Our “tower quest” becomes a means to explore all corners of the island and discover the myriad beaches along the way. Despite its small size (221 square miles), Ibiza has incredible diversity: pine-covered mountains, vineyards, quiet coves, rugged coast and sand to suit every beach personality. Some of the beaches are flanked by cliffs, or tiny camouflaged crescents, or endless swaths of sand — the postcard image of Eden on earth.
We give a wide berth to the nudist beach just north of our house and continue to the Torre des Molar. This northern tower offers thrilling Mediterranean views from a precipitous perch at the top of the stairs. Is that a celebrity’s villa with a shimmering pool down below? With wildflowers clinging to the stone edge, this is by far our favorite tower.
Along the way, we chance upon the most scenic beach, empty save for a few souls, inside a cove at Cala d’En Serra. It’s so steep that we must park the car at the top of the road and walk down. We’re rewarded with a vision out of paradise: white sand gently lapped by the turquoise sea. Nearby are the hulking remains of an abandoned hotel project by noted Catalan architect Josep Lluís Sert. Work was halted in the 1970s, meaning that the area’s natural state has been mostly restored. Flowers are everywhere.
To the west, we notice a shift in the vibe: A party crowd flocks for sunset cocktails and beats at Sunset Ashram, a bar above Cala Comte beach. (Not Mom’s favorite, but our daughters dig the soundtrack.) So we continue and find an empty trail leading to the Torre d’en Rovira, a path we all enjoy because of the striking, craggy coastline. The island’s multihued palette shows itself at the Cala Salada beach, where orange cliffs abut the white sand. My husband leads the way to the remote corner of the beach, along a path threading through pines along the cliff’s edge. Our daughters thrill in the challenge. (Mom and I only slightly panic at the height.)
Our quest concludes at the tower facing the rocky pinnacle of Es Vedra. The sun is beginning to sink lower in the sky when we first glimpse the rock. And it appears that Es Vedra is illuminated with strange shafts of light from the heavens above. (Or is the camera viewfinder playing tricks on us?)
Perhaps the real highlight of our adventure is the discovery of countryside hamlets where Spanish traditions reign supreme. We drive through the village of Sant Vicent de sa Cala and are stopped in our tracks by the site of a church — gleaming white in the midday sun, festooned with festive ribbons in all the colors of the rainbow. The only sounds are the garlands flapping in the wind. Inland, at Santa Gertrudis de Fruitera, we arrive to partake in a long, joyful Sunday lunch among local families crowding the terrace tables set up outside on the street. We sip glasses of Ibizan wine, soaking up the sun, while our girls run wild on the playground along with the rest of the village kids.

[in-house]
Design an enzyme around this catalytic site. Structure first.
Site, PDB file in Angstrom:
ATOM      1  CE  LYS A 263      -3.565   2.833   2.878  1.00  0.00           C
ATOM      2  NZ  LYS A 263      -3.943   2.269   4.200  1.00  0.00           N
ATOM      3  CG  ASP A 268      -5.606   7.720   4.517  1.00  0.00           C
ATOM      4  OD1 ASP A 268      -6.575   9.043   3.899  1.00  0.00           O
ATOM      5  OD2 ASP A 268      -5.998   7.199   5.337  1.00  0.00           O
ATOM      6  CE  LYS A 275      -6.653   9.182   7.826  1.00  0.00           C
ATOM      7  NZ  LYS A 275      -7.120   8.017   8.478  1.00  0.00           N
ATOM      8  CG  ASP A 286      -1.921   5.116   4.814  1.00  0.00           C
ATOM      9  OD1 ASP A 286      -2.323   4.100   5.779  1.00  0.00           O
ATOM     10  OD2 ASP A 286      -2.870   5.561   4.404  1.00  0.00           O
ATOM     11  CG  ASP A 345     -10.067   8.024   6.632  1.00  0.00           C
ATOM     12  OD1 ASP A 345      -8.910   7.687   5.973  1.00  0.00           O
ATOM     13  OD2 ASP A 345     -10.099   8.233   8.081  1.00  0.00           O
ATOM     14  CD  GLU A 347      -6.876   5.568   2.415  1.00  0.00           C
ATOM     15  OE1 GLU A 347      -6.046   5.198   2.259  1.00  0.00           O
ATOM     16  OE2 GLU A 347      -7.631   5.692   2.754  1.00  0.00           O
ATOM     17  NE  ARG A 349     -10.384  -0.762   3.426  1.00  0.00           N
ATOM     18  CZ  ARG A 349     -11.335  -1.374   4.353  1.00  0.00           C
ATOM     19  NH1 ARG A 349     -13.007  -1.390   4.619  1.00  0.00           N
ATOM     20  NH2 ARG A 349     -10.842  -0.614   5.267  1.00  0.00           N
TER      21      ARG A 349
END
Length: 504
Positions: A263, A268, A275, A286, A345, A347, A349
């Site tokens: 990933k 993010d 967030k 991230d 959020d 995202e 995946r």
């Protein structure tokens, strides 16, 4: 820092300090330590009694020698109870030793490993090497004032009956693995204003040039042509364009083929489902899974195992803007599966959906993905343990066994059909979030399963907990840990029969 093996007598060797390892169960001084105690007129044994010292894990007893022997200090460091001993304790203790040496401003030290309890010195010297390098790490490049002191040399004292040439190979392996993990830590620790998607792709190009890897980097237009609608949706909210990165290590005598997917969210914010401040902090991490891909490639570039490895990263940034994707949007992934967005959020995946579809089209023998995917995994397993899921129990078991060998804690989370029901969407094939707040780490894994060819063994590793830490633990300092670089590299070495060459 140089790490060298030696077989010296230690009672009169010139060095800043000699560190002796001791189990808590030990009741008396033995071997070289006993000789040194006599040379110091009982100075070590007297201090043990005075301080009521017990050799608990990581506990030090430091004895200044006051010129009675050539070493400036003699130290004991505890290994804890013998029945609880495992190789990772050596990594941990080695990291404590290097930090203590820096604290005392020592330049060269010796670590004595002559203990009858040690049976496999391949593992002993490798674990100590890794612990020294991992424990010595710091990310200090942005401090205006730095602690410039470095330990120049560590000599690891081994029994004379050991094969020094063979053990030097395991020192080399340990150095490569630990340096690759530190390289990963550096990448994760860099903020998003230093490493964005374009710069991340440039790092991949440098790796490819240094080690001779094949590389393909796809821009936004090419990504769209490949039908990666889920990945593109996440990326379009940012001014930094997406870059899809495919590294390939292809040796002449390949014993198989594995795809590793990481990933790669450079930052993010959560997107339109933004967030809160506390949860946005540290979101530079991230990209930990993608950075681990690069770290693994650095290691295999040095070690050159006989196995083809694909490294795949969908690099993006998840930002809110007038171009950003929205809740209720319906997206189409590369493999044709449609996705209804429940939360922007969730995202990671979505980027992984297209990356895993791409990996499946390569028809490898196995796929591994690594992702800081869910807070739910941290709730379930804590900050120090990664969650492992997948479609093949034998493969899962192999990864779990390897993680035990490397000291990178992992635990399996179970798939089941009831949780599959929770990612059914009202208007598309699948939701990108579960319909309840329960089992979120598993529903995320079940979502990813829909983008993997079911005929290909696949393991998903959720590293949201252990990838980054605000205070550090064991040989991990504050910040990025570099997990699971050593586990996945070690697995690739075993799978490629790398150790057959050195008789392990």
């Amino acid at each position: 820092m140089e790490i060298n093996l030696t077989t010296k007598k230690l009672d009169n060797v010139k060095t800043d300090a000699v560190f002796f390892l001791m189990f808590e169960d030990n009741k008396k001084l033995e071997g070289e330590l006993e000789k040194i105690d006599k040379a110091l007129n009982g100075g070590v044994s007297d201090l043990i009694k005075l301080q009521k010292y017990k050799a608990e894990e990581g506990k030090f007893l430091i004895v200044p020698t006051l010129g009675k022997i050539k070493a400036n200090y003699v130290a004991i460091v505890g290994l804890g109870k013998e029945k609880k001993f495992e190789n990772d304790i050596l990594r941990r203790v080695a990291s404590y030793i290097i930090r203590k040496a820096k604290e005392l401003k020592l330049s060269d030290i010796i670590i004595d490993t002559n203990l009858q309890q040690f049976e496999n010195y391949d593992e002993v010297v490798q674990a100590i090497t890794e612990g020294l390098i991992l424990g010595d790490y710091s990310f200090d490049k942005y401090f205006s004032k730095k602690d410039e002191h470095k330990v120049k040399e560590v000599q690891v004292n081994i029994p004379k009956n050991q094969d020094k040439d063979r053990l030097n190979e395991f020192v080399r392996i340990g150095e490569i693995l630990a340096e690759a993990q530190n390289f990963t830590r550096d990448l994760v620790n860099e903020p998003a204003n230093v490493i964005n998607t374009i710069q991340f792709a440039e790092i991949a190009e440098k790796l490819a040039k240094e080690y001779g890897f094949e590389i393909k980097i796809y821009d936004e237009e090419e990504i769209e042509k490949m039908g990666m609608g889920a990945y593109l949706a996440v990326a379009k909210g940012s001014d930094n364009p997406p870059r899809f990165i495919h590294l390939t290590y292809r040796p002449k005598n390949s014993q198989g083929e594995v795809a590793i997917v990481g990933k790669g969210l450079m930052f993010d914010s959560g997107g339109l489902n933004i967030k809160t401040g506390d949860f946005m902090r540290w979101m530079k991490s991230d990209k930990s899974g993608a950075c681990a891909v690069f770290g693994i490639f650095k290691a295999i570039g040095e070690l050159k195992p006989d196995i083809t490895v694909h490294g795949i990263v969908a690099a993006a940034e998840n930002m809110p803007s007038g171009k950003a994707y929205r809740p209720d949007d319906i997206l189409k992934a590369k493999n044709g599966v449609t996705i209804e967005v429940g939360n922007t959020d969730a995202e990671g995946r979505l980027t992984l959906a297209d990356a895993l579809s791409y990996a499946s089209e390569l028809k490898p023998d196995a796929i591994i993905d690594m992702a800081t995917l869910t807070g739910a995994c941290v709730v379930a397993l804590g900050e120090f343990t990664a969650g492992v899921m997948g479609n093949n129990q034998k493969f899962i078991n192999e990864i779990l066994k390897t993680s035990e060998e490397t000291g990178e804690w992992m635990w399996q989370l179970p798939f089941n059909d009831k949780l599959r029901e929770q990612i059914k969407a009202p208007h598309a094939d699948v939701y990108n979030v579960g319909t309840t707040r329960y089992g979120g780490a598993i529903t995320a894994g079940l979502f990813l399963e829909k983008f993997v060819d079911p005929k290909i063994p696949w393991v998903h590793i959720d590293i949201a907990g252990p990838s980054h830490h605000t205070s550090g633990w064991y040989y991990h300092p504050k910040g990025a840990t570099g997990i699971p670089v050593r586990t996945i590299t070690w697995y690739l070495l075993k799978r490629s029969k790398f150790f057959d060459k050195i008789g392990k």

After a week on Ibiza’s rhythm, we find ourselves at La Noria, a seafood restaurant near our house that’s always packed with locals. Two kids, the parents and a grandmother linger over lunch in the sun-dappled shade beneath an arbor high on a cliff above the blue-blue sea. The scents of jasmine and grilled fish waft on the breeze. Everyone’s happy in this mellow Mediterranean moment, Ibiza style.
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Cala Boix, San Carlos
Perched on a cliff above Cala Boix beach, this restaurant specializes in fresh fish and large paella dishes. There’s a lovely outside terrace with sweeping sea views. The price for paella with fish is about $29. Closed in the winter.
Carrer Venda de sa Picassa, 2, Santa Gertrudis de Fruitera
A friendly establishment in the beautiful village of Santa Gertrudis, in the middle of Ibiza. Open all day; breakfast highlights include healthy juices and great coffee. Right across the street is a playground, so children can frolic while their parents linger over food and drinks. Delicious salads and main plates average about $15.
Plaza San Carlos, San Carlos
This restaurant is known for its large sunny terrace with fountains in the heart of San Carlos. Grilled steaks and fish dishes are available. There’s a fixed-price lunch menu at about $14; main plates (like grilled fish) cost about $18. Closed from Dec. 23 to early February. Across the square is Bar Anita, the original “hippie bar” and now a legendary spot, but it is often crowded because of its storied history.
Carrer del Mestre Joan Mayans, 6, Eivissa
A great spot for homemade ice cream and smoothies in Old Town. Vivian, who launched the shop, is wife of Formula One champion Nico Rosberg. Closed in the winter months. Small scoop for about $4.10, medium for about $5.63.
Dramatized tours of the Dalt Vila
The Ibiza Tourist Office arranges a number of themed guided tours, such as this one, with actors in costume illustrating how people lived at the time of the construction of the Renaissance walls of the Old City. Tours every Saturday at 6 p.m. November to February, and 7 p.m. from March to October. Adult tickets cost about $11.75, and are free for children 7 and younger.
Guided tours can be arranged directly with Ibiza’s network of professional guides. Prices vary depending on the length and theme. Full-day island excursions are also available.